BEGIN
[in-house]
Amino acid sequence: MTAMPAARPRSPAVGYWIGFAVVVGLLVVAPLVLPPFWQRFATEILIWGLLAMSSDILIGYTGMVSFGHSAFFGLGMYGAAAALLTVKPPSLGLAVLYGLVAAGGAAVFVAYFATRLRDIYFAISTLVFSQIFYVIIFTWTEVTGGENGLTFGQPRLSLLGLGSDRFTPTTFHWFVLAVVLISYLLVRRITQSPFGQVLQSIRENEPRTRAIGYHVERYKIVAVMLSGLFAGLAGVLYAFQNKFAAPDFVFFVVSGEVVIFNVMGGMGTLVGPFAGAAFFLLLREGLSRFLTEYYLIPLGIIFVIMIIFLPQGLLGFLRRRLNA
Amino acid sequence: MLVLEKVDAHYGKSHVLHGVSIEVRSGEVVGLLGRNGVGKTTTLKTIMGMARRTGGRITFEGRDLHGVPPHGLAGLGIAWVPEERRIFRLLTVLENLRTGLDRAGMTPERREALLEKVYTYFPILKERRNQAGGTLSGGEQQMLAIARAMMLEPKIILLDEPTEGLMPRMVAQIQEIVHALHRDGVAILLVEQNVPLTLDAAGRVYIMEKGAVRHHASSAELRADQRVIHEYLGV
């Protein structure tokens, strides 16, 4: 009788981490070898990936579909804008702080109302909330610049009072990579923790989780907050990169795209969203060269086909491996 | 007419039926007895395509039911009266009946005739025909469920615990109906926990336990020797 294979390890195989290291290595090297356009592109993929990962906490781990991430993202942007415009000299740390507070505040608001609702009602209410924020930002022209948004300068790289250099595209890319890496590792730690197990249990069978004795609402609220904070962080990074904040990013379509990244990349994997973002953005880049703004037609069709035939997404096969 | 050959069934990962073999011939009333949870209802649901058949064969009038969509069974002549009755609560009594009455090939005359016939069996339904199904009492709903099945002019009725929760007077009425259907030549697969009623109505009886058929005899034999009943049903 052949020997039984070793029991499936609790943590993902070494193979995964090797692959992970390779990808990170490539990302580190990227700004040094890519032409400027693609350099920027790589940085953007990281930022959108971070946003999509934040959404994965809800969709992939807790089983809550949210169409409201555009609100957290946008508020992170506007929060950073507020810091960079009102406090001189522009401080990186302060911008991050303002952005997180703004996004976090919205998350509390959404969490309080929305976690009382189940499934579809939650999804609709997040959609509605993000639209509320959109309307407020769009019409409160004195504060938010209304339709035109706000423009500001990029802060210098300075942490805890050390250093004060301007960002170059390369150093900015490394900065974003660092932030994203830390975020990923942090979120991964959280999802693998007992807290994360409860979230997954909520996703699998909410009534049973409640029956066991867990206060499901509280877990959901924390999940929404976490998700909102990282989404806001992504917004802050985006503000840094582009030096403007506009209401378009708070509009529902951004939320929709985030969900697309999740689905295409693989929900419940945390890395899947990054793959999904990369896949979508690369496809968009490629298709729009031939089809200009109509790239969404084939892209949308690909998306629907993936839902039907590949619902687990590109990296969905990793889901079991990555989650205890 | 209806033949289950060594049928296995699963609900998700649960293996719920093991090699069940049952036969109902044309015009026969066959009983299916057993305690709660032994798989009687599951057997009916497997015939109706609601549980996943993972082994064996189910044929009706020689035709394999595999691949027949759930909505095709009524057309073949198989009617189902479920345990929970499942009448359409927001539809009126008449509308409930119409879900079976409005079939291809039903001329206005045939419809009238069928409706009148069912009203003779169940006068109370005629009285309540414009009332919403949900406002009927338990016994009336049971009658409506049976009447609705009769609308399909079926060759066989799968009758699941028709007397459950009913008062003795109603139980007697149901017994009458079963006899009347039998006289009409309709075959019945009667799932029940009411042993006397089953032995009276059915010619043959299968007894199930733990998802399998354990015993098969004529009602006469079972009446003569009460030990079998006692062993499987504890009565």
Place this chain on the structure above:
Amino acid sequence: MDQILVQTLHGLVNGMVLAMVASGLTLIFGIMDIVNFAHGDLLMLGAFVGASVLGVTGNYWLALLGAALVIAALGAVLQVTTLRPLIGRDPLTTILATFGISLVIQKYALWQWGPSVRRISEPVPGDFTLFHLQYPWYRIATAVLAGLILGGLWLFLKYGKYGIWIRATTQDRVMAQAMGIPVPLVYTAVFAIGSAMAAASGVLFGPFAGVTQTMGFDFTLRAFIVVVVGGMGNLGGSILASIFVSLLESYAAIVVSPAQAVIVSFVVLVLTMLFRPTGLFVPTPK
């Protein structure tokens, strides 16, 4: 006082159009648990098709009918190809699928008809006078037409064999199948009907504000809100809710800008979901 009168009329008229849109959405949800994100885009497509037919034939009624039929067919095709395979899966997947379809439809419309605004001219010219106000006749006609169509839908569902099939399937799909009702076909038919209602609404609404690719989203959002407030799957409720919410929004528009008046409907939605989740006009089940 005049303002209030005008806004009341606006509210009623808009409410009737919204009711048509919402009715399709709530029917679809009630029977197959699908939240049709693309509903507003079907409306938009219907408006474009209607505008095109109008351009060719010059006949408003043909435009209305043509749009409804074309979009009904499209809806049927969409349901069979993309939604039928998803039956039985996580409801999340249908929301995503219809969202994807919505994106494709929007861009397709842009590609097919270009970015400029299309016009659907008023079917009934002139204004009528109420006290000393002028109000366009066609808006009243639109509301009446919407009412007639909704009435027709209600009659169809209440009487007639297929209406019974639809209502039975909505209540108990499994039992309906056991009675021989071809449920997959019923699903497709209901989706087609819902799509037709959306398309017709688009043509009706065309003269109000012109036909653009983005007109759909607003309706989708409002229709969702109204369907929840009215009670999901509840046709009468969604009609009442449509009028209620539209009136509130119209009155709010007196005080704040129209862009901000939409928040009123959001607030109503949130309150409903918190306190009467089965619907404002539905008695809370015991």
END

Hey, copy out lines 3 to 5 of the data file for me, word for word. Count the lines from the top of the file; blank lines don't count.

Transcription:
Amino acid sequence: MLVLEKVDAHYGKSHVLHGVSIEVRSGEVVGLLGRNGVGKTTTLKTIMGMARRTGGRITFEGRDLHGVPPHGLAGLGIAWVPEERRIFRLLTVLENLRTGLDRAGMTPERREALLEKVYTYFPILKERRNQAGGTLSGGEQQMLAIARAMMLEPKIILLDEPTEGLMPRMVAQIQEIVHALHRDGVAILLVEQNVPLTLDAAGRVYIMEKGAVRHHASSAELRADQRVIHEYLGV
């Protein structure tokens, strides 16, 4: 009788981490070898990936579909804008702080109302909330610049009072990579923790989780907050990169795209969203060269086909491996 | 007419039926007895395509039911009266009946005739025909469920615990109906926990336990020797 294979390890195989290291290595090297356009592109993929990962906490781990991430993202942007415009000299740390507070505040608001609702009602209410924020930002022209948004300068790289250099595209890319890496590792730690197990249990069978004795609402609220904070962080990074904040990013379509990244990349994997973002953005880049703004037609069709035939997404096969 | 050959069934990962073999011939009333949870209802649901058949064969009038969509069974002549009755609560009594009455090939005359016939069996339904199904009492709903099945002019009725929760007077009425259907030549697969009623109505009886058929005899034999009943049903 052949020997039984070793029991499936609790943590993902070494193979995964090797692959992970390779990808990170490539990302580190990227700004040094890519032409400027693609350099920027790589940085953007990281930022959108971070946003999509934040959404994965809800969709992939807790089983809550949210169409409201555009609100957290946008508020992170506007929060950073507020810091960079009102406090001189522009401080990186302060911008991050303002952005997180703004996004976090919205998350509390959404969490309080929305976690009382189940499934579809939650999804609709997040959609509605993000639209509320959109309307407020769009019409409160004195504060938010209304339709035109706000423009500001990029802060210098300075942490805890050390250093004060301007960002170059390369150093900015490394900065974003660092932030994203830390975020990923942090979120991964959280999802693998007992807290994360409860979230997954909520996703699998909410009534049973409640029956066991867990206060499901509280877990959901924390999940929404976490998700909102990282989404806001992504917004802050985006503000840094582009030096403007506009209401378009708070509009529902951004939320929709985030969900697309999740689905295409693989929900419940945390890395899947990054793959999904990369896949979508690369496809968009490629298709729009031939089809200009109509790239969404084939892209949308690909998306629907993936839902039907590949619902687990590109990296969905990793889901079991990555989650205890 | 209806033949289950060594049928296995699963609900998700649960293996719920093991090699069940049952036969109902044309015009026969066959009983299916057993305690709660032994798989009687599951057997009916497997015939109706609601549980996943993972082994064996189910044929009706020689035709394999595999691949027949759930909505095709009524057309073949198989009617189902479920345990929970499942009448359409927001539809009126008449509308409930119409879900079976409005079939291809039903001329206005045939419809009238069928409706009148069912009203003779169940006068109370005629009285309540414009009332919403949900406002009927338990016994009336049971009658409506049976009447609705009769609308399909079926060759066989799968009758699941028709007397459950009913008062003795109603139980007697149901017994009458079963006899009347039998006289009409309709075959019945009667799932029940009411042993006397089953032995009276059915010619043959299968007894199930733990998802399998354990015993098969004529009602006469079972009446003569009460030990079998006692062993499987504890009565």
Place this chain on the structure above: